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Pub/Bar of the Month December 2011: Ye Olde Trip to Jerusalem, Nottingham, UK

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Ye Olde Trip to Jerusalem, Nottingham, UK

There’s a long-running dispute concerning which is the oldest pub in Britain.

Trip to JerusalemIn one corner stands The Old Ferry Boat at St Ives, Cambridgeshire, with origins possibly in the tenth century. In another stands Ye Olde Fighting Cocks in St Albans, arguably dating from the 11th century. Completing this competing triangle is Ye Olde Trip to Jerusalem in Nottingham.

The Trip claims to date from 1189 AD – the year Richard the Lionheart ascended to the English throne – with its name originating from its use as a staging post in the time of the Crusades.

If you stop and think about that, you’ll quickly realise that we are talking a seriously long time ago and for a pub to still be popular and busy today proves it to be a remarkable survivor.

The pub sits at the foot of Nottingham Castle, just on the fringe of the city-centre area. The façade – a 17th-century, black and white, semi-timbered affair – offers little clue as to what lies within, for the pub retreats some way into the sandstone rock on which the castle is constructed.

No attempt has been made to square off or plaster over the walls and ceilings of some of the rooms, leaving the impression that you are actually drinking in a cave (which is generally the case).

Stories to Tell

Like all great historic pubs, The Trip requires some investigation. Take a wander through the various rooms, climb the stairs to the higher levels and enjoy the various corners and coves on offer, each with their own stories to tell.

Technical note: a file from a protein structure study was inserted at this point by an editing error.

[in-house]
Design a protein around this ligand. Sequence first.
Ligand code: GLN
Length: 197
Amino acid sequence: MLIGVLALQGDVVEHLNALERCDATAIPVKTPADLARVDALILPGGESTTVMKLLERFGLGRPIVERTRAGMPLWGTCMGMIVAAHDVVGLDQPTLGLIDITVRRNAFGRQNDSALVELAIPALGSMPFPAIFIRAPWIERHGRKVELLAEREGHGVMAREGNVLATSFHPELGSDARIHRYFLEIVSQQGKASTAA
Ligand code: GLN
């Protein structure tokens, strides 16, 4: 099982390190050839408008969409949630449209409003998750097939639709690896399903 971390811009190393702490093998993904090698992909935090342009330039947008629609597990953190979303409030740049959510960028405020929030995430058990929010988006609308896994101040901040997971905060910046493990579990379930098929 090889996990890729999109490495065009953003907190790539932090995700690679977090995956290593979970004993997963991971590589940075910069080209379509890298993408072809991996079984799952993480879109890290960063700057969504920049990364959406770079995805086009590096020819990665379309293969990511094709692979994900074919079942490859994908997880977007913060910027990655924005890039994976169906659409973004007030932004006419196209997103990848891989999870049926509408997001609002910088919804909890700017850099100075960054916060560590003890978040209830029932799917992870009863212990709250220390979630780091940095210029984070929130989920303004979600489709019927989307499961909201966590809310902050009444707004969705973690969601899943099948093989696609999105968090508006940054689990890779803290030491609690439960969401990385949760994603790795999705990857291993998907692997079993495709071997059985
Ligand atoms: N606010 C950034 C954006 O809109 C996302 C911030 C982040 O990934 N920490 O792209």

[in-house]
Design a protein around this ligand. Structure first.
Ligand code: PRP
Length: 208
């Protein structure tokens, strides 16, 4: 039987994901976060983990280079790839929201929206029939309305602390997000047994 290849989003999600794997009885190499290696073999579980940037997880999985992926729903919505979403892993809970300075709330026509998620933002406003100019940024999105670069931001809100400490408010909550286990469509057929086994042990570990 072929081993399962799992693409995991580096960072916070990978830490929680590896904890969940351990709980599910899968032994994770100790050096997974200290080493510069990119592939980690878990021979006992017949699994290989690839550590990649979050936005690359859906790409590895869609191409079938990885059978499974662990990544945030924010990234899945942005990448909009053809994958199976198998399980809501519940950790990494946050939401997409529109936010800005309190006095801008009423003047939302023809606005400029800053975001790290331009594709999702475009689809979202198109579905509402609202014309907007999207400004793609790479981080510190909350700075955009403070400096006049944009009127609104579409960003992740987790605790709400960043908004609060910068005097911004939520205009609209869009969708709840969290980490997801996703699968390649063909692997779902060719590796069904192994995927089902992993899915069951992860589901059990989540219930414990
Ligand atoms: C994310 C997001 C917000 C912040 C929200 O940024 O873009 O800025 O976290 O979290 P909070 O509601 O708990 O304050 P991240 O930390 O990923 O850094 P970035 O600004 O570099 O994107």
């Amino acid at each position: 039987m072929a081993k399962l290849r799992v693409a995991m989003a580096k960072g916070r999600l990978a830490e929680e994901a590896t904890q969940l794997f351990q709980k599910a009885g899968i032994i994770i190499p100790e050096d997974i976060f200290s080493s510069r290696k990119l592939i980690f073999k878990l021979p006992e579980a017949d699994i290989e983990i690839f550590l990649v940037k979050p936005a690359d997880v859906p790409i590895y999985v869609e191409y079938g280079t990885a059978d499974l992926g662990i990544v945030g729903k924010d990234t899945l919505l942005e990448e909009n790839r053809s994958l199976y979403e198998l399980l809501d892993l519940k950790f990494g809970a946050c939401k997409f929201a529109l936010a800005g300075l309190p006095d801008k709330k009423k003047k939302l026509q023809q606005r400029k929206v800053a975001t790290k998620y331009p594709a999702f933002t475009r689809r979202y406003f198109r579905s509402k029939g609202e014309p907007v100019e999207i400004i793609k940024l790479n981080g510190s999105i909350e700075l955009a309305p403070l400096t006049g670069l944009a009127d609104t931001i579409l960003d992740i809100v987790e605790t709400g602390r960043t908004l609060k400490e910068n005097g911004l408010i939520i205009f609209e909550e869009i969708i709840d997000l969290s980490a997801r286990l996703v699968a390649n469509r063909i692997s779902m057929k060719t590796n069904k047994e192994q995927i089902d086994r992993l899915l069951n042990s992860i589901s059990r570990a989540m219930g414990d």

Furnishings include a large tapestry, a grandfather clock and even a suit of armour – artefacts that almost parody the pub’s already very obvious history and heritage.

Trip to JerusalemTake a pew in Yorkey’s Lounge (named after a one-time licensee who is said to haunt the premises), sit in the Fertility Chair, settle down in the Haunted Snug and view the so-called Cursed Galleon on display in the Rock Lounge.

If you are still not impressed, book a tour of the extensive cellars that meander beneath Nottingham’s ancient soil and were once used as a castle prison.

From the early 1990s, the pub formed part of the Hardys & Hansons estate and the brewery introduced a beer named Olde Trip after the pub in 2003.

The beer is still produced, but now at Greene King in Bury St Edmunds, which took over the Nottingham company three years later.

Greene King continues to supply the pub with beer today, but the handpumps dispense more than just the familiar IPA, Old Speckled Hen and Abbot Ale, with local guest ales also tapped. Inevitably, its fame and history mean that The Trip is always busy with tourists, many of them from overseas, but it’s one of those pubs you just have to visit.

So, fight your way past those posing for photographs, grab a pint and take a step back into the dim and distant past.

Ye Olde Trip to Jerusalem, Brewhouse Yard, Nottingham NG1 6AD
Tel. (0115) 947 3171
www.triptojerusalem.com
Opening Hours: 11–11; 11–midnight Friday & Saturday


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